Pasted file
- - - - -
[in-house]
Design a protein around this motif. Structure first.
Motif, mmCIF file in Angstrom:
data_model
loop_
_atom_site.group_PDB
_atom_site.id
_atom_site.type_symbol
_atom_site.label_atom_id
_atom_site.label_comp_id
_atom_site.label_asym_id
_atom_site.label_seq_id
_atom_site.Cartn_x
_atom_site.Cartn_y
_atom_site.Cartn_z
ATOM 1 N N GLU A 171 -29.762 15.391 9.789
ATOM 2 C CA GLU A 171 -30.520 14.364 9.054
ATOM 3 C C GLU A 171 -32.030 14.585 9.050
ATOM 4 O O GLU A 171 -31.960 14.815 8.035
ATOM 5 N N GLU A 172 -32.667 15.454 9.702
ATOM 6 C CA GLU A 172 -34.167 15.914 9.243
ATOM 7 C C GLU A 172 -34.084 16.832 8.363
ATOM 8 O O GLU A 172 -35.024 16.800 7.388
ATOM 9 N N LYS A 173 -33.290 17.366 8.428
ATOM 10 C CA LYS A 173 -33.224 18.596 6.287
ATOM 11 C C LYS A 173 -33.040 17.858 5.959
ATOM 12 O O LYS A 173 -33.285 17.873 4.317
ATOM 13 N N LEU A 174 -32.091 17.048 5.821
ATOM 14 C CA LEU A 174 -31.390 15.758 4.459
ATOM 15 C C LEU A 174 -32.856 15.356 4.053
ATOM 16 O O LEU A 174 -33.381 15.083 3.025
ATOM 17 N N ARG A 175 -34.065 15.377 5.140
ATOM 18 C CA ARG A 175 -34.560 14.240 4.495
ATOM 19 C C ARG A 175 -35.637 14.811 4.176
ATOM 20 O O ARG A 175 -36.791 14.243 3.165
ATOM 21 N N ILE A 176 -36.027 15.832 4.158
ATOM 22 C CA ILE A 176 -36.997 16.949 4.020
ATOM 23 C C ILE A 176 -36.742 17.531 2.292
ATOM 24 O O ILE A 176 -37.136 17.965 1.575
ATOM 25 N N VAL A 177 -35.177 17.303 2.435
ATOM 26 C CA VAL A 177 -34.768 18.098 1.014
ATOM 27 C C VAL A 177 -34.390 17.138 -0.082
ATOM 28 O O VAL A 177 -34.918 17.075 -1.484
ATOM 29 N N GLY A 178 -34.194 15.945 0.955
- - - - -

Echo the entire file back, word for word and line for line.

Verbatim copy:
[in-house]
Design a protein around this motif. Structure first.
Motif, mmCIF file in Angstrom:
data_model
loop_
_atom_site.group_PDB
_atom_site.id
_atom_site.type_symbol
_atom_site.label_atom_id
_atom_site.label_comp_id
_atom_site.label_asym_id
_atom_site.label_seq_id
_atom_site.Cartn_x
_atom_site.Cartn_y
_atom_site.Cartn_z
ATOM 1 N N GLU A 171 -29.762 15.391 9.789
ATOM 2 C CA GLU A 171 -30.520 14.364 9.054
ATOM 3 C C GLU A 171 -32.030 14.585 9.050
ATOM 4 O O GLU A 171 -31.960 14.815 8.035
ATOM 5 N N GLU A 172 -32.667 15.454 9.702
ATOM 6 C CA GLU A 172 -34.167 15.914 9.243
ATOM 7 C C GLU A 172 -34.084 16.832 8.363
ATOM 8 O O GLU A 172 -35.024 16.800 7.388
ATOM 9 N N LYS A 173 -33.290 17.366 8.428
ATOM 10 C CA LYS A 173 -33.224 18.596 6.287
ATOM 11 C C LYS A 173 -33.040 17.858 5.959
ATOM 12 O O LYS A 173 -33.285 17.873 4.317
ATOM 13 N N LEU A 174 -32.091 17.048 5.821
ATOM 14 C CA LEU A 174 -31.390 15.758 4.459
ATOM 15 C C LEU A 174 -32.856 15.356 4.053
ATOM 16 O O LEU A 174 -33.381 15.083 3.025
ATOM 17 N N ARG A 175 -34.065 15.377 5.140
ATOM 18 C CA ARG A 175 -34.560 14.240 4.495
ATOM 19 C C ARG A 175 -35.637 14.811 4.176
ATOM 20 O O ARG A 175 -36.791 14.243 3.165
ATOM 21 N N ILE A 176 -36.027 15.832 4.158
ATOM 22 C CA ILE A 176 -36.997 16.949 4.020
ATOM 23 C C ILE A 176 -36.742 17.531 2.292
ATOM 24 O O ILE A 176 -37.136 17.965 1.575
ATOM 25 N N VAL A 177 -35.177 17.303 2.435
ATOM 26 C CA VAL A 177 -34.768 18.098 1.014
ATOM 27 C C VAL A 177 -34.390 17.138 -0.082
ATOM 28 O O VAL A 177 -34.918 17.075 -1.484
ATOM 29 N N GLY A 178 -34.194 15.945 0.955